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Rosebud texture is another version of slap brush. This texturing pattern is made by drawing circles in the wet mud with a brush to form a rosebud design. This is done in numerous repeated patterns, so you should rehearse on an old piece of drywall until you feel confident enough to start.

It is not only a simple wall texture to paint, but it’s also a fantastic method for disguising flaws on the surface and adding aesthetic value. Hence, it is commonly seen on the exterior walls, where flaws are more noticeable.

10. Storm brush

The stomp brush method is an ancient style that brings a lot of fun while applying. This includes dipping a big brush in a drywall mud container, pushing it against the ceiling or wall, and then quickly dragging it back down to produce a unique ridged pattern.

Stomped walls are pretty uncommon since the ridges are sharp and may easily grab the clothes of whoever passing by.

11. Crow’s feet

A crow’s foot texture is comparable to a stomp brush texture. The distinction and the source of the technique’s name are in the brush element. A crow’s foot is made up of two circular stomp brushes that are placed side by side.

All you need to do is apply wet mud to drywall with a stiff-bristled brush, and then push the mud upwards to produce what resembles crow’s feet. If you want a little more organized ceiling texture instead of the storm brush, or if you’d like to erase any textures from your ceiling, these are the tools you will need.

How to Apply Texture on Walls

The appearance of wall texture can vary based on how the substance is applied and rolled. Before moving on to your walls and ceilings, practice the method on old drywall or perhaps a sheet of cardboard. Test with both thin and thick coatings. There are a few steps you can follow when applying the texture to your walls.

  • Prepare the wall: The popcorn texture is a dry mixture of drywall mud and polystyrene that comes in white color. Therefore, it is necessary to prepare the wall or ceiling before applying. Repair any holes or cracks by using lightweight spackle or drywall compound.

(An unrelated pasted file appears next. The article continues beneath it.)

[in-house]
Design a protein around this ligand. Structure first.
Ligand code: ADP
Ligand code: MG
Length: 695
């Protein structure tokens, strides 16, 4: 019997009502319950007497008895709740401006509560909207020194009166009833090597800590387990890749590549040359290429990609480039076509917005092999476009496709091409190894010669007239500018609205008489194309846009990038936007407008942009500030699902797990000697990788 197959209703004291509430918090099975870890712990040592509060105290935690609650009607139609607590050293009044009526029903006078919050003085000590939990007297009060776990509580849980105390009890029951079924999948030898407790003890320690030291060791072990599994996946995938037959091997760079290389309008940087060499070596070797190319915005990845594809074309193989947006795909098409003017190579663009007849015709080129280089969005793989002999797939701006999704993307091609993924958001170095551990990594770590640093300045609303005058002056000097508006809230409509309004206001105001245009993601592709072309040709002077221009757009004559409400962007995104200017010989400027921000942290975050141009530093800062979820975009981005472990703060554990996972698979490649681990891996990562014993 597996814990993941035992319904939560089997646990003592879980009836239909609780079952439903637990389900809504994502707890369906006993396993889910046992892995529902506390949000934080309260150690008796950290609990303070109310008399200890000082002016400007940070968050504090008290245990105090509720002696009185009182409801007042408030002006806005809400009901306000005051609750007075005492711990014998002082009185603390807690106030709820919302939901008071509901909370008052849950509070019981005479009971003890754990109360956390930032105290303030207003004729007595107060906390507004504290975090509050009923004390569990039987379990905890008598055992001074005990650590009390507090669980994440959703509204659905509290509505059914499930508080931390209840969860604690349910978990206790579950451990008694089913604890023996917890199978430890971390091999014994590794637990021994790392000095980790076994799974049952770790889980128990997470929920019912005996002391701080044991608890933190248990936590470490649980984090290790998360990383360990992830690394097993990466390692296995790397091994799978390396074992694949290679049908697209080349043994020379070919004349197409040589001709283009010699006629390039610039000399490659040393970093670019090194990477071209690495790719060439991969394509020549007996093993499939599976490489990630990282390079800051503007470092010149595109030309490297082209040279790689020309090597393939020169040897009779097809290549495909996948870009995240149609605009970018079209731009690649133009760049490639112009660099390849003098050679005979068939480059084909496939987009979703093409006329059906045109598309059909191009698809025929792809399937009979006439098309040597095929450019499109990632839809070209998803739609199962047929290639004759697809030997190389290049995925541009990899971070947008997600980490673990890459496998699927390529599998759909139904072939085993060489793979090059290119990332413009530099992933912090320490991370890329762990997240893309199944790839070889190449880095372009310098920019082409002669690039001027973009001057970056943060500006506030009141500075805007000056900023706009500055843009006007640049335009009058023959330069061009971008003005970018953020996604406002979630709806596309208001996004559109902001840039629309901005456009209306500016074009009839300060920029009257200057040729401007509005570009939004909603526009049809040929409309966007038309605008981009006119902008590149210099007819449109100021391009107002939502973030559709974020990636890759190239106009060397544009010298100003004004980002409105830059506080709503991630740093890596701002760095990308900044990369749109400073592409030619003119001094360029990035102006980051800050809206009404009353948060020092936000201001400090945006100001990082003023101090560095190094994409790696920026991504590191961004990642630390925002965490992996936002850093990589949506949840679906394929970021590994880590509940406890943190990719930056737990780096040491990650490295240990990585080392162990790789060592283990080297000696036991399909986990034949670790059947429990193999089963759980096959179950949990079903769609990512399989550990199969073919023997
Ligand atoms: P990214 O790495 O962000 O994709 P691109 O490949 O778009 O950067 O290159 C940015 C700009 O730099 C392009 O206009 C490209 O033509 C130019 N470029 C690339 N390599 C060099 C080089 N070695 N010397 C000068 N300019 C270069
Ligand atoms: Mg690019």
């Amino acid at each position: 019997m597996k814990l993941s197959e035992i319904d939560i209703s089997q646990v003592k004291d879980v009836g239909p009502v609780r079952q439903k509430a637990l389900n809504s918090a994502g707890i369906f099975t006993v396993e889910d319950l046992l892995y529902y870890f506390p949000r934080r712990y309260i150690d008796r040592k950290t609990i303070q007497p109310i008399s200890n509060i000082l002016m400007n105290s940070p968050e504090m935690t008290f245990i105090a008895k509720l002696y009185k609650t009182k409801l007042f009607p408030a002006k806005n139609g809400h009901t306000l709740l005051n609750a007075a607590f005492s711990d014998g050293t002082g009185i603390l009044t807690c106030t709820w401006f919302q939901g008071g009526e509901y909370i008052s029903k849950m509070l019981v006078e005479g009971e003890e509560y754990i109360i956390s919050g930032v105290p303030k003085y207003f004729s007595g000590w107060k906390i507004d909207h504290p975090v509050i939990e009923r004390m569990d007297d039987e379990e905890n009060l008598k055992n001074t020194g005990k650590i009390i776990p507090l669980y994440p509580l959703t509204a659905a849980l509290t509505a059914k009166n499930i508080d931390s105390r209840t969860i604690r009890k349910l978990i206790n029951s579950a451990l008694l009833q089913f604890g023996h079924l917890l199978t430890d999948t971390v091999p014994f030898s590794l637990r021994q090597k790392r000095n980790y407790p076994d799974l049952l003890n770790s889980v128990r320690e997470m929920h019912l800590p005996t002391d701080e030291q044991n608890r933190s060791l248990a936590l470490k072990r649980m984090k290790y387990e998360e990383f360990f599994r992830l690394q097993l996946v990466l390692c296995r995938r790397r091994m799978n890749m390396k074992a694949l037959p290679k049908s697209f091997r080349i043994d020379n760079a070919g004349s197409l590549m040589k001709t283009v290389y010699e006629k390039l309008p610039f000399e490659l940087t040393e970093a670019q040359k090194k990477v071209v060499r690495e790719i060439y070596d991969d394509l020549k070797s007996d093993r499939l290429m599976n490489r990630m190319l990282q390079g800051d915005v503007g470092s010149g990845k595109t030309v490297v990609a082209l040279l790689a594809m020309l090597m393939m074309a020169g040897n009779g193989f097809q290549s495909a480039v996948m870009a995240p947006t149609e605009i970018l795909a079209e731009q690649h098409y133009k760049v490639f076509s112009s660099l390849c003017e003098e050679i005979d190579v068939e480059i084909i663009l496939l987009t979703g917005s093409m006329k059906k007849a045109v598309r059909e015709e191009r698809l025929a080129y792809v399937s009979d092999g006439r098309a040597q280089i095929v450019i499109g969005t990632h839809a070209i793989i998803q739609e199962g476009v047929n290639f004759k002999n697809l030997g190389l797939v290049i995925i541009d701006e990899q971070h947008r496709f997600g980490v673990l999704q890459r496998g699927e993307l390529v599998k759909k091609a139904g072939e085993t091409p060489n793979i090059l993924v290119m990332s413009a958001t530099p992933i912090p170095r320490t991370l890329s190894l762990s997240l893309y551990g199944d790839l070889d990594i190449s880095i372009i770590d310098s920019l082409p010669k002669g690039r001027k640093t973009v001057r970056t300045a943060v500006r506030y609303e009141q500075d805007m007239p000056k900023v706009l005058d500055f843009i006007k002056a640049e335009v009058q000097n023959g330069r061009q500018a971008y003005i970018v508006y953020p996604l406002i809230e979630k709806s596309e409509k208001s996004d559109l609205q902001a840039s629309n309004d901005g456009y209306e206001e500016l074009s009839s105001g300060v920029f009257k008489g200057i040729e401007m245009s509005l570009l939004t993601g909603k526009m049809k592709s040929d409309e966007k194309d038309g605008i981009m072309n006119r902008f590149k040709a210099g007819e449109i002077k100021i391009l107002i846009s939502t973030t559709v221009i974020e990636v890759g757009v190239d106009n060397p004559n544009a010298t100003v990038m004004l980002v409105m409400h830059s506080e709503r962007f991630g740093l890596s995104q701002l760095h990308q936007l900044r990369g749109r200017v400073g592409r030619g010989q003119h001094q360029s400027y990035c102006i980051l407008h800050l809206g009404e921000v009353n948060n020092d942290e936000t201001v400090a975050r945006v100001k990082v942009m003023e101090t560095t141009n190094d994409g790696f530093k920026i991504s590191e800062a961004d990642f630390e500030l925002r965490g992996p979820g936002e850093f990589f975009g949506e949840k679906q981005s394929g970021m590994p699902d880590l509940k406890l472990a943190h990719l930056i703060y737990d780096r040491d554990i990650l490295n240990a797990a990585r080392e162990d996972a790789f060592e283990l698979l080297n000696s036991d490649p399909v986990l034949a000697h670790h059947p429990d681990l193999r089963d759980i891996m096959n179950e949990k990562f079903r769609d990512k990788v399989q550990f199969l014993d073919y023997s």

• Prime the wall: Put a layer of flat latex paint or drywall primer on the walls. Allow it to dry. This precoat is the most important since the texture compound applied straight to plain drywall will soak into the surface, damaging your efforts.
  • Mix the texture paint: Blend the texture with water according to the package directions.
  • Cover any surfaces: To protect your furniture from spills and splatters, cover them with plastic drop cloths.
  • Start applying the texture: Pour the texture substance or texture paint into a roller tray. Dip a roller into the tray, roll it out, and then apply it to the surface of the wall. A regular roller cover will create a texture, but there are also stippling roller covers available.
  • Apply the second texture: Roll over the area one more time when the texture material has reached the appropriate density. This will result in the ideal three-dimensional texture.
  • Paint color: After the texture has been set, you may paint the wall or ceiling whatever color you like.

If you don’t like any current types of textured walls anymore, it is generally preferable to just cover it with a fresh layer of drywall rather than trying to eliminate the entire texture.

Conclusion

To summarize, wall texturing is an excellent home renovation investment. Apart from beautifying flat drywall, it also serves a practical purpose by concealing imperfections, fractures, and other undesirable wall flaws.

Regardless of what modern drywall texture types you choose, don’t forget to start with a primer to protect the surface for further paint applications. Was this article helpful? Let me know what you think in the comments section, and share it with your friends and family if you enjoyed it.